Article by Foreign Minister Sigmar Gabriel on the promotion of the Barenboim-Said Akademie. Published in the “Tagesspiegel” newspaper on 28 October 2017.
Looking at the Middle East, there are not many grounds for hope. The civil war in Syria has now been raging for over seven years; Israel is surrounded in part by countries at war with it; and the Middle East peace process between Israelis and Palestinians has been treading water for far too long.
Daniel Barenboim has made it one of his life’s missions to stand up against hatred and irreconcilability and to bring people closer together through music. “The impossible is far easier to achieve than the difficult,” Daniel Barenboim said when he conducted the West-Eastern Divan Orchestra in Ramallah in 2005. I have never forgotten his words, which epitomise his courage and vision of showing young people an alternative to hatred and antagonism through music.
Thanks to the support of the German Bundestag, the Barenboim-Said Akademie was opened in the heart of Berlin a year ago. It is the only place of its kind in the world, and provides a safe space far away from the crisis-hit regions where Daniel Barenboim gives young Arab and Israeli students the opportunity to play music, study and work together, and in doing so to become open to the other side’s point of view.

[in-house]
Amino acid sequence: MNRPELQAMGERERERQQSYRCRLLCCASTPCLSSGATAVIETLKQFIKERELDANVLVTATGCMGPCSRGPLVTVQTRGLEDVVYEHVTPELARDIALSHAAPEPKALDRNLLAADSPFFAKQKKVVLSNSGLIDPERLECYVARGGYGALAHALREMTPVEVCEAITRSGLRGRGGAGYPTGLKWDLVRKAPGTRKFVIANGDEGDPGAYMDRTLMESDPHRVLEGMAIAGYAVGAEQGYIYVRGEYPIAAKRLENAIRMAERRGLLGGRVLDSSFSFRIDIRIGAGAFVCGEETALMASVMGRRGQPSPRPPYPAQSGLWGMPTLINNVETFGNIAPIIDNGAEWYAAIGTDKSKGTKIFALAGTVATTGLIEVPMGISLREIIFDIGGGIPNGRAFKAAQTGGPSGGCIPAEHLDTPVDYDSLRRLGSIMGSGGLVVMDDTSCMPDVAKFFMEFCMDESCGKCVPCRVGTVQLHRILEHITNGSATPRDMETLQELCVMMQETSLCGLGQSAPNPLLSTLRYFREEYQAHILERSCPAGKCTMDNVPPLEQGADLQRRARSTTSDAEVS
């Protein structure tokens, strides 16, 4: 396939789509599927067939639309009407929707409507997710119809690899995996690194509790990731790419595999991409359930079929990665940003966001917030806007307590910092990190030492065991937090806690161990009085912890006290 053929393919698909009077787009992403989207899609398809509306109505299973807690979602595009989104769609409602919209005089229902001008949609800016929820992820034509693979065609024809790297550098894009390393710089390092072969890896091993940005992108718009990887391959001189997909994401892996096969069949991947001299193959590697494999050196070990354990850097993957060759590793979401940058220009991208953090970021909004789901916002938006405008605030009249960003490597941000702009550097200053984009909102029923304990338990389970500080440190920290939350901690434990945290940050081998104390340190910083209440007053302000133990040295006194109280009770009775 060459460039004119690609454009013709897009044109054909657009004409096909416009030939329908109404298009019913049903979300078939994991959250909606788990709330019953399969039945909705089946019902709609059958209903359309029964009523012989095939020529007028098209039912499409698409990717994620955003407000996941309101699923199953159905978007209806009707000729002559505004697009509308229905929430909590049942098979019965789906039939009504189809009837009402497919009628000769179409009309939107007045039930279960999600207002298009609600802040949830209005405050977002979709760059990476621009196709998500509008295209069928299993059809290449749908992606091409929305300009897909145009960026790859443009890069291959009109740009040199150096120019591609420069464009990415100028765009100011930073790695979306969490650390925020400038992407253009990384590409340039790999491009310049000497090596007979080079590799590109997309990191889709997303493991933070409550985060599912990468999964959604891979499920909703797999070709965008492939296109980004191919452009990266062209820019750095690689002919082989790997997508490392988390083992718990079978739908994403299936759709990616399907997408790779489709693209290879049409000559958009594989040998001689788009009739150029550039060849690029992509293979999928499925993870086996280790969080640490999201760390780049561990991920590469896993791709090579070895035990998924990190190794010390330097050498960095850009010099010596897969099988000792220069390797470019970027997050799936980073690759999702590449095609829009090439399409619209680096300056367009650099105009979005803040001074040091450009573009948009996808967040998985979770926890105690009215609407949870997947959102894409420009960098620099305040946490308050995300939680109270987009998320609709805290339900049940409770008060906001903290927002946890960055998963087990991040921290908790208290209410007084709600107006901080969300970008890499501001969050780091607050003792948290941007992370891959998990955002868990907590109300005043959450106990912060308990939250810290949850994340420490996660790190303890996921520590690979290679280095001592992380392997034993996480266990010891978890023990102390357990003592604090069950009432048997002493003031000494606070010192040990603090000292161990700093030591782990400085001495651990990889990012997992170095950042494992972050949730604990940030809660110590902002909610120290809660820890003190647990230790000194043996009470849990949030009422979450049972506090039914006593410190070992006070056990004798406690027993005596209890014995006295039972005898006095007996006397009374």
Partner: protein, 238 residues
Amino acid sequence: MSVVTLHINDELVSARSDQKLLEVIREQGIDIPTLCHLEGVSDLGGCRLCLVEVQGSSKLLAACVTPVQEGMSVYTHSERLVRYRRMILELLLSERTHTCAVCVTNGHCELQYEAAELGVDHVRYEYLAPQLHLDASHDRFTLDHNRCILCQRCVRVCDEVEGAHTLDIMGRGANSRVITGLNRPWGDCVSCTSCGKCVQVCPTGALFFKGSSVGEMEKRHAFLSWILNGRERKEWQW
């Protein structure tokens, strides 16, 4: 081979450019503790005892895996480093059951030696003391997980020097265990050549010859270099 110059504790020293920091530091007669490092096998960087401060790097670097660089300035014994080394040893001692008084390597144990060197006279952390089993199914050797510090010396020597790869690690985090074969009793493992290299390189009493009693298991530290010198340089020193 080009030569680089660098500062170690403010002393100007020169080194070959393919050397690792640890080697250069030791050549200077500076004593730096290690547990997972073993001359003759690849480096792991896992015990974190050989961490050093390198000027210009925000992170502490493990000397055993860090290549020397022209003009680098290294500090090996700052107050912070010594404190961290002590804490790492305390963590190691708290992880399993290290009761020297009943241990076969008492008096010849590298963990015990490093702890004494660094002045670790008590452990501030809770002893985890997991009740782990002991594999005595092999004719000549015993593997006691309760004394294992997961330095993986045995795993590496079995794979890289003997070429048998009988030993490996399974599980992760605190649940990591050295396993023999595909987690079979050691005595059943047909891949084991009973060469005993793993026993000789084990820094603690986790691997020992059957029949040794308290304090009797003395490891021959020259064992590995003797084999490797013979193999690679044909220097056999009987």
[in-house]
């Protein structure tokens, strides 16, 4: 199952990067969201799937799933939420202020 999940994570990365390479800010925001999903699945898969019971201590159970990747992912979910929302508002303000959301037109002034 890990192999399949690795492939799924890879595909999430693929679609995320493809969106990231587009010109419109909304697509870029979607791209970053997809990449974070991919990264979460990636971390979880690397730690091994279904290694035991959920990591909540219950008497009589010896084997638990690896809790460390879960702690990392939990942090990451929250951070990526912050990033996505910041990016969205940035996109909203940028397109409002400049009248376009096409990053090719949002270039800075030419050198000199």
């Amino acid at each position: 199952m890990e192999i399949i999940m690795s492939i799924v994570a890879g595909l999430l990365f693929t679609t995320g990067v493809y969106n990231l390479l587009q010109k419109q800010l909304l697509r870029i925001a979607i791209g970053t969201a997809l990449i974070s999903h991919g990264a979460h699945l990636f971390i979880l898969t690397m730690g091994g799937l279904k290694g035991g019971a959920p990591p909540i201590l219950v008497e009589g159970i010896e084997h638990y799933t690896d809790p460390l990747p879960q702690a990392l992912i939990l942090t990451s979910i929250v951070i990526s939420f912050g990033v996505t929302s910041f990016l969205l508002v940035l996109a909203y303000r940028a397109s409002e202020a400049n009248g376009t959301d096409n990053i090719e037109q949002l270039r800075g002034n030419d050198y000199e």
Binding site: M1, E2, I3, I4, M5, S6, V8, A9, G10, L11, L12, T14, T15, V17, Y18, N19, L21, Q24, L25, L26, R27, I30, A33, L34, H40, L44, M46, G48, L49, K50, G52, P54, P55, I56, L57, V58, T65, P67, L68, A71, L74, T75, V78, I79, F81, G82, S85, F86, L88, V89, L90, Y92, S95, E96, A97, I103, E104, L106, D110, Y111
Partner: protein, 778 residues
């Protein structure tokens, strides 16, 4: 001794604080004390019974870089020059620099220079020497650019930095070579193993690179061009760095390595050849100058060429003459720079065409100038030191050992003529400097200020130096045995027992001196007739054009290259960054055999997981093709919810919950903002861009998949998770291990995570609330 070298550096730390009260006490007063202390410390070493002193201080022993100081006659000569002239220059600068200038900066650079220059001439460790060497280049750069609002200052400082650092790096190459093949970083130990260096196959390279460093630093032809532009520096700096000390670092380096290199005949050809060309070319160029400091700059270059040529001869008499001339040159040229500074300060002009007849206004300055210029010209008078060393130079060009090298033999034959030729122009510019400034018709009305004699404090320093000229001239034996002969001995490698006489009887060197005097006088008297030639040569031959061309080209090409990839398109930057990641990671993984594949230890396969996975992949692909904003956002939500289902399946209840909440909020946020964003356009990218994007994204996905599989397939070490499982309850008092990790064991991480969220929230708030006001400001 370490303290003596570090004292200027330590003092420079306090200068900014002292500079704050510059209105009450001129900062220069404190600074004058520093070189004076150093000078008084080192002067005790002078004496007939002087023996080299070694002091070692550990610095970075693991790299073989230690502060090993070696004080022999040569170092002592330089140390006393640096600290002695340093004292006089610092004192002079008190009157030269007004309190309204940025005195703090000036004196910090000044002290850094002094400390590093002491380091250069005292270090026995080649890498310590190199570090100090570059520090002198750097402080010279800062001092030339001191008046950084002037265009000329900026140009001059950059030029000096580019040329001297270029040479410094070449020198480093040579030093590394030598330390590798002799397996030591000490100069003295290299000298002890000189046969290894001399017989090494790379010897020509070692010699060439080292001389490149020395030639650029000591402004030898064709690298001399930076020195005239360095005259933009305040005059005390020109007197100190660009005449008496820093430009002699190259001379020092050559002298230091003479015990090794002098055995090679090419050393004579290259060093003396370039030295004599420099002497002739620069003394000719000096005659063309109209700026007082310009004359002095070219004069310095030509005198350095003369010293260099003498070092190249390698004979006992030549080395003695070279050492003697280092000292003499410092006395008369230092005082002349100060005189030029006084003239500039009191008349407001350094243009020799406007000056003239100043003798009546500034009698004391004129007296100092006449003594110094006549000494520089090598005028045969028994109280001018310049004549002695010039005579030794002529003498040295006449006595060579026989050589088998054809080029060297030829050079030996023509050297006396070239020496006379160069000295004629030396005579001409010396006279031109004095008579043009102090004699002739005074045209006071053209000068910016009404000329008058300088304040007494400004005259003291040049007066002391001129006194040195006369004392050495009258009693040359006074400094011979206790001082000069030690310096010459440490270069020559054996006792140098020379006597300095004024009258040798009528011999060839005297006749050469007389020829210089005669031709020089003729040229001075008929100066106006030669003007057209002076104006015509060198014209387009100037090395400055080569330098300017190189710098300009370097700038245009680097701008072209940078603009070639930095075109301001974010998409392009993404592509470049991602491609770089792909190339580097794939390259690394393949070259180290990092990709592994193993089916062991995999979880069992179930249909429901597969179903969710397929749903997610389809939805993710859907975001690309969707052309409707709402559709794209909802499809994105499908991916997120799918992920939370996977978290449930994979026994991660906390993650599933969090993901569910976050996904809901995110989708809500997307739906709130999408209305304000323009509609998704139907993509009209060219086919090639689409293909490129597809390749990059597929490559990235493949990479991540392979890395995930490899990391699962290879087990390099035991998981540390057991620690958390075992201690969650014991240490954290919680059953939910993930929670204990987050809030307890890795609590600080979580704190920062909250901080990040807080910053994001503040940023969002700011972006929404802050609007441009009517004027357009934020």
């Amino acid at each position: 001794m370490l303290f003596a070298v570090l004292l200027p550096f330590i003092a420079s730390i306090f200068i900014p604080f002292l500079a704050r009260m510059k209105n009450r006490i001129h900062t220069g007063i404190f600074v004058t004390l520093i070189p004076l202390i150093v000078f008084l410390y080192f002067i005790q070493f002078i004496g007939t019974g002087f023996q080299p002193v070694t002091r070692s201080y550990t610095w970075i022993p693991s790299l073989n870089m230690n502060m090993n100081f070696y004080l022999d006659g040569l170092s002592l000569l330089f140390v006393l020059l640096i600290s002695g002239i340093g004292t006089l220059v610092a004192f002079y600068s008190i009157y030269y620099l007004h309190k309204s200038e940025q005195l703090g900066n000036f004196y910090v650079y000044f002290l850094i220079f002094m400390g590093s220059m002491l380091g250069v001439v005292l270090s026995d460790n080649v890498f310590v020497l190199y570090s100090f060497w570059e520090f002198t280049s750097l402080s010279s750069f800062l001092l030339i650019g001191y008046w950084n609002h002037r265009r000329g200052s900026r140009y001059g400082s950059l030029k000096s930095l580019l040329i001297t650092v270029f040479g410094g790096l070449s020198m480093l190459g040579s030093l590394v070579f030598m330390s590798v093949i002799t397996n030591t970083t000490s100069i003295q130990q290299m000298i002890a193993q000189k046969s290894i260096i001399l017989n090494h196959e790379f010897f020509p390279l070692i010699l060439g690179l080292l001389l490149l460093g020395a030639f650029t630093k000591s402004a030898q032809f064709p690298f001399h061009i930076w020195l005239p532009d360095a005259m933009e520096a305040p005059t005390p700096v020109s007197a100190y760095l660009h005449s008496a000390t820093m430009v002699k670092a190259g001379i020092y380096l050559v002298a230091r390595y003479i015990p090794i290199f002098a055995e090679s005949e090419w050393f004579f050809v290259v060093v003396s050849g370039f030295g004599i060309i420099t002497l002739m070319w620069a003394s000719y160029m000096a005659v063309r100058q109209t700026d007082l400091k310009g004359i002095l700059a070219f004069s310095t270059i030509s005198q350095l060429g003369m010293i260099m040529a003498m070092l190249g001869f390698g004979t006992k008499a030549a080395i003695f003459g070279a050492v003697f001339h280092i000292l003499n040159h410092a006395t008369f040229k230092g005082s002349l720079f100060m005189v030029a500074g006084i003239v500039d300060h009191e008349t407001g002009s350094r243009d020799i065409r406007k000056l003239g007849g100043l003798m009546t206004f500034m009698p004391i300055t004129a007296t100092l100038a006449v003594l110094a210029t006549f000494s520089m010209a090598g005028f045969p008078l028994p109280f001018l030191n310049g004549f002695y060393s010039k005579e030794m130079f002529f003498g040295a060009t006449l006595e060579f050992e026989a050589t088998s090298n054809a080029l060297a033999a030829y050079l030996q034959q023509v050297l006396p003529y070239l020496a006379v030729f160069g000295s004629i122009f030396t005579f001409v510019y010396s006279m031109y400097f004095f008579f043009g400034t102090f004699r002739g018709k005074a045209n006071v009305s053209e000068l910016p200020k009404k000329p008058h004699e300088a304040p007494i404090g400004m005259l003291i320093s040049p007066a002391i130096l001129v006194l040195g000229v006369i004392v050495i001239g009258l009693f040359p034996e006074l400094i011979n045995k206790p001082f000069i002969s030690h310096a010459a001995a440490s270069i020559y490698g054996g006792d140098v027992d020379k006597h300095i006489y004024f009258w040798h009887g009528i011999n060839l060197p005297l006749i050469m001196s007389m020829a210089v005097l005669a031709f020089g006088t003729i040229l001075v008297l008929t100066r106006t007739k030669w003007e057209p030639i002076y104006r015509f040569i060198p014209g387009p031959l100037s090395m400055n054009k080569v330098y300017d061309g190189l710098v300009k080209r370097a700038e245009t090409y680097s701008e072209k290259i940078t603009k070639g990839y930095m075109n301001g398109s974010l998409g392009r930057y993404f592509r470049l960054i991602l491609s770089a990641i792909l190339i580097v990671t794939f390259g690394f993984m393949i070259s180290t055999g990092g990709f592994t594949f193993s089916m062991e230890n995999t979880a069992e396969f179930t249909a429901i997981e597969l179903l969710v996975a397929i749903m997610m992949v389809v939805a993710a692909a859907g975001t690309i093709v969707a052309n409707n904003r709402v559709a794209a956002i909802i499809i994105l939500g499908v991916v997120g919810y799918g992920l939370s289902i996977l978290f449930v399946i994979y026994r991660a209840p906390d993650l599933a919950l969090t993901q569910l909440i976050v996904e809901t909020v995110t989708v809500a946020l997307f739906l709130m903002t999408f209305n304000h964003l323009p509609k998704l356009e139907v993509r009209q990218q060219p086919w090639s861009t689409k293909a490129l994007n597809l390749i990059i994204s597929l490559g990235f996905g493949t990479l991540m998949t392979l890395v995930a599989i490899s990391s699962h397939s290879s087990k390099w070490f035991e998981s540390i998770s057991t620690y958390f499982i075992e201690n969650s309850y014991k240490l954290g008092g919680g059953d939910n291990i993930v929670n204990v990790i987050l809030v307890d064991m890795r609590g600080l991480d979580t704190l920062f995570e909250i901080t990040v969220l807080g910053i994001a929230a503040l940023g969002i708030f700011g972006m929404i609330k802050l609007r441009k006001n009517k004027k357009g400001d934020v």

The Barenboim-Said Akademie thus stands in its own way for what is also important to us in our cultural relations policy, namely joint cultural activities and endeavours to foster a vibrant civil society by creating culture together.
Since the era of Willy Brandt, cultural relations and education policy have been an essential part of our efforts to bring about peace and stability. Outside the realm of politics, cultural activities prepare the ground that makes political understanding possible in the first place. In conflict-ridden times such as these, we need cultural activities more than ever. That is also why we are supporting the Barenboim-Said Akademie by funding scholarships.
The great statesman Shimon Peres, who died a year ago, stood for overcoming confrontation and animosity so that Israel can one day live in peace with a Palestinian state in part because he firmly believed that peace results “not necessarily from love, but rather need”. Also in view of our own history, working to foster peace in the Middle East remains a key foreign policy task for us.